Georgia Divorce: What Should I Not Do?
There are a list of behaviors and things that are recognized by the court to likely cause conflict during contested Georgia divorce cases. Our Georgia divorce attorneys, when involved with your case will be able to quickly identify if you are engaging in behaviors or actions that may incite conflict.
If you do engage in behavior that may negatively impact the outcome of your divorce case and work against your objectives, we will try to let you know and minimize the impact on your case. While emotion may cloud your judgment, you should be careful and patient and do nothing that you may later regret or may reflect negatively on your reputation with the court.
The following is a list of common actions that should always be avoided during a divorce:
Do not date during the divorce proceeding
A new romantic partner may add to conflict during the litigation, add on additional attorney’s fees due to involvement in the case, impact terms of custody or visitation, and or the divorce proceeding could negatively impact your relationship with prospective individuals. Georgia courts recognize that this may cause unnecessary conflict in a divorce case. In addition, nothing good can come from it. Possible negative outcomes include, but are not limited to:
- a negative affect on whether you have to pay or will receive alimony
- a negative affect on the amount of alimony you may have to pay or receive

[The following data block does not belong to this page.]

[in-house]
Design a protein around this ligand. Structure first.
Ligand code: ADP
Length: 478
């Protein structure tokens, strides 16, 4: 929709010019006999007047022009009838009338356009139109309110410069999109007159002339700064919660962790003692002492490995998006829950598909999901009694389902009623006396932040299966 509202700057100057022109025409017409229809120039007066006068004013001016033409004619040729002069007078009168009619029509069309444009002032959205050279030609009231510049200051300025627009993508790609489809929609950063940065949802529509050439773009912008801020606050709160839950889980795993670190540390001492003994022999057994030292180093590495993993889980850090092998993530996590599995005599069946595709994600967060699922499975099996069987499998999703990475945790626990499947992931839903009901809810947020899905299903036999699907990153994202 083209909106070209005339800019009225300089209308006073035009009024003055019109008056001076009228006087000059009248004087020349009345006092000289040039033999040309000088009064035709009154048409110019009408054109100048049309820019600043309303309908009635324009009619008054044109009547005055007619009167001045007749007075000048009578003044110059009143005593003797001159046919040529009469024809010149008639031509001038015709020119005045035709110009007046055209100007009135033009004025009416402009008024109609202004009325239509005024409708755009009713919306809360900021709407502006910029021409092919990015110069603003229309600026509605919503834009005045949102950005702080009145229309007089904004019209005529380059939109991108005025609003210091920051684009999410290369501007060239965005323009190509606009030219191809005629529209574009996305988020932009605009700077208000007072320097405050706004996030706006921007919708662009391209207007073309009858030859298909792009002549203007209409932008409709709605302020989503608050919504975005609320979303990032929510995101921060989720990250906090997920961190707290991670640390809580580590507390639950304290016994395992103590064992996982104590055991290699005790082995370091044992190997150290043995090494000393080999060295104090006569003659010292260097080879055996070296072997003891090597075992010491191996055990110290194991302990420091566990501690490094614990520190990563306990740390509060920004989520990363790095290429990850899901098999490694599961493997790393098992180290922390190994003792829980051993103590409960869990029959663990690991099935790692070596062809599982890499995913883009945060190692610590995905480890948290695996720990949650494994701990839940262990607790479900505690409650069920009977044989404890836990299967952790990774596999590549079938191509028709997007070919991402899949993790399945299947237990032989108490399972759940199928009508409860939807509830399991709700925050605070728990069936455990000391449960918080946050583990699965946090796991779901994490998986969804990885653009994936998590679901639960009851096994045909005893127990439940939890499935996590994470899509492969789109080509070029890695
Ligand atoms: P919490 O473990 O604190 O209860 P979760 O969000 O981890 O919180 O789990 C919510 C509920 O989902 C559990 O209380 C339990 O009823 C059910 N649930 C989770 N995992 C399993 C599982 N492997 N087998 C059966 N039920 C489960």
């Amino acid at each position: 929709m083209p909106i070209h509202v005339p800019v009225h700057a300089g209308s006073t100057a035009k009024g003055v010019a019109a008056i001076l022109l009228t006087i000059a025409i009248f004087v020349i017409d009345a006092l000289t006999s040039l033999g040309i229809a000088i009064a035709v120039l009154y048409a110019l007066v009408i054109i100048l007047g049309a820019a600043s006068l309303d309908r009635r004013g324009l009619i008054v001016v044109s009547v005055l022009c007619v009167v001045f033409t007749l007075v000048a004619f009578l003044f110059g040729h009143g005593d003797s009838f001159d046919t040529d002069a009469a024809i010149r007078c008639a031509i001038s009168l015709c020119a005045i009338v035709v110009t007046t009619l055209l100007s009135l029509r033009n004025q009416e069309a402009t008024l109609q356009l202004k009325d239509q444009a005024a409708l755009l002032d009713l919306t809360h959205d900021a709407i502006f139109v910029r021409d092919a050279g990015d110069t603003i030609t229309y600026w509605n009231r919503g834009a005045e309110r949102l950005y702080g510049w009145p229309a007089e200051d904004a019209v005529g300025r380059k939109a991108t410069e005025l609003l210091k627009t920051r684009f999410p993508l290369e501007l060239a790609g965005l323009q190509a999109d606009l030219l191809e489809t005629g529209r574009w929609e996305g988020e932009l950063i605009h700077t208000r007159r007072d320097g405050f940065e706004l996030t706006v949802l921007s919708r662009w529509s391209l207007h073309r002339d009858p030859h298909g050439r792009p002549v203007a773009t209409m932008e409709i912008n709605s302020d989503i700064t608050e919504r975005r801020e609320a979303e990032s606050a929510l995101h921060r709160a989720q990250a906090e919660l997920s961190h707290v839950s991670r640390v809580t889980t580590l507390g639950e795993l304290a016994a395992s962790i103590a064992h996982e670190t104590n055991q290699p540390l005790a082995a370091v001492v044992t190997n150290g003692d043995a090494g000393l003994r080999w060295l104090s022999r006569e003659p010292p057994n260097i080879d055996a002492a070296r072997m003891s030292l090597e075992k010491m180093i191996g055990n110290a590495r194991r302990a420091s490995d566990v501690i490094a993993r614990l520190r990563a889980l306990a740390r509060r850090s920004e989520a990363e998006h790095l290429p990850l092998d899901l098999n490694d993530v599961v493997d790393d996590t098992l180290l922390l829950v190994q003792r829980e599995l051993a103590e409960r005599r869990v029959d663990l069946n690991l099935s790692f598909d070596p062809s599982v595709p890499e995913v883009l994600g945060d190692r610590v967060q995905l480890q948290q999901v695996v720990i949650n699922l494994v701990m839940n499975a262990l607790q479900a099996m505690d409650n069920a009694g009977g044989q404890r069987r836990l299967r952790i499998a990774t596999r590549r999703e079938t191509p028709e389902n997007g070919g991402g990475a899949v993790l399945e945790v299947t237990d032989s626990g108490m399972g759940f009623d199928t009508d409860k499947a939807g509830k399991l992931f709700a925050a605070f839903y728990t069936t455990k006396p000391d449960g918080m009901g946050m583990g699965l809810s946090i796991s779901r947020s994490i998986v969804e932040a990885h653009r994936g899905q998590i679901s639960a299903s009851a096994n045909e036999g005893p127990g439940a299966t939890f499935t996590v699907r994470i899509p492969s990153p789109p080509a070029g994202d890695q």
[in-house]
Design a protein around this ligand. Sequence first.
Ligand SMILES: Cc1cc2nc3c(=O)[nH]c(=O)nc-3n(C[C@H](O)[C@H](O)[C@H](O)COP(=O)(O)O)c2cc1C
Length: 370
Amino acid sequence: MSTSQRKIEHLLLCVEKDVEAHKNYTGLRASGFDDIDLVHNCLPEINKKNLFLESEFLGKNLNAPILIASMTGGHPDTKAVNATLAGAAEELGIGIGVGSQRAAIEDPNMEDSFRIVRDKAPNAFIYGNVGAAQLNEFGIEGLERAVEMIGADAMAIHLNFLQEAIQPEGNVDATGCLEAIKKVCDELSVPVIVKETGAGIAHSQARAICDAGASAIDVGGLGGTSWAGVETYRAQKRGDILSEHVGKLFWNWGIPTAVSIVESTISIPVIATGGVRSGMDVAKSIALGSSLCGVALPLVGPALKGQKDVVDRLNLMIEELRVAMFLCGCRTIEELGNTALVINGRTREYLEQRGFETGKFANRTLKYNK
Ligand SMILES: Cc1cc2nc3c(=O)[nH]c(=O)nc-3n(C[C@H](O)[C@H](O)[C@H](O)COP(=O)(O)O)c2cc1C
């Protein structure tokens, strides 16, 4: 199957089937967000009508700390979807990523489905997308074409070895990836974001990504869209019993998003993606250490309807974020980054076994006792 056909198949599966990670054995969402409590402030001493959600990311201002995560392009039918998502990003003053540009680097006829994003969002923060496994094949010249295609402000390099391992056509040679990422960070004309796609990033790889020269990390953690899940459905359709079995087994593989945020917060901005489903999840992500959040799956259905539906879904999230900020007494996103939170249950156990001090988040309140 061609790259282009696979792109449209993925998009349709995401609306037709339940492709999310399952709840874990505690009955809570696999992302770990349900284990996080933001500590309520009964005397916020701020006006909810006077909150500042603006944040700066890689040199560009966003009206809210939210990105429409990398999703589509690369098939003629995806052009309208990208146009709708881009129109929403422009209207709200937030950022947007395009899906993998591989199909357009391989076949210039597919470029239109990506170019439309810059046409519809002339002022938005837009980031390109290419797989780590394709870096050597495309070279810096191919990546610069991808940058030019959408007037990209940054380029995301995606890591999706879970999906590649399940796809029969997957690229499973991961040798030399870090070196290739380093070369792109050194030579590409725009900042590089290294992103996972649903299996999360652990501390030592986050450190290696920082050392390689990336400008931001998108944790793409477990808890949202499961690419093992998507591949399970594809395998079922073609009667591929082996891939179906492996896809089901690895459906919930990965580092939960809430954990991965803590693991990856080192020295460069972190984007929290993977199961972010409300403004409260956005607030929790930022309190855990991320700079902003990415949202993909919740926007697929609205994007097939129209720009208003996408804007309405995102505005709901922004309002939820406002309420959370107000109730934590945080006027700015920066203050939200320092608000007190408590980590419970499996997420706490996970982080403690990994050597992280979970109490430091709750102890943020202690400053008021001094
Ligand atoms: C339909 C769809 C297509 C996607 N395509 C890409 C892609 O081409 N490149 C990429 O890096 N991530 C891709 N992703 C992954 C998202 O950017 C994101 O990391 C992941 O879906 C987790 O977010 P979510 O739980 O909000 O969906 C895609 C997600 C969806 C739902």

- a negative affect regarding your custody or visitation with the children
- a negative affect on the equitable division of marital assets
- a negative affect on the equitable division of marital debts
Do not spend money on girlfriend or boyfriend
Spending money on non-family matters during a family law case can cause a lot of problems in a Georgia divorce case. This is especially true if the money spent is from marital funds. Also, spending money you cannot afford can also lead to allegations of contempt, resulting in a lack of funds to use to obtain legal services and hire an attorney.
Do not take an opposite sex roommate
As innocent as you may try to make it sound, it is very common for the other party and their attorney to make what may be a platonic friendship or roommate situation sound like a hot and heavy live-in-lover affair to the court. This can be very detrimental to a case, especially one involving minor children and alimony.
Do not give property or gifts to a girlfriend or boyfriend
Giving items to a new romantic partner during a court hearing may violate the Standing Order in you case, and will look like a revenge tactic to be spiteful to your spouse. Georgia divorce courts heavily dislike this type of behavior and could consider punitive measures to correct any wrongs resulting on such behavior.
Do not put anything in writing you don’t want as evidence
Anything you write during a divorce proceeding can be used against you in court as evidence. All forms of written text are admissible such as text messages, emails, and social media posts. It is not uncommon for parties to make promises, accept settlement terms and make other statements by text message or email that they later regret when used in court against them.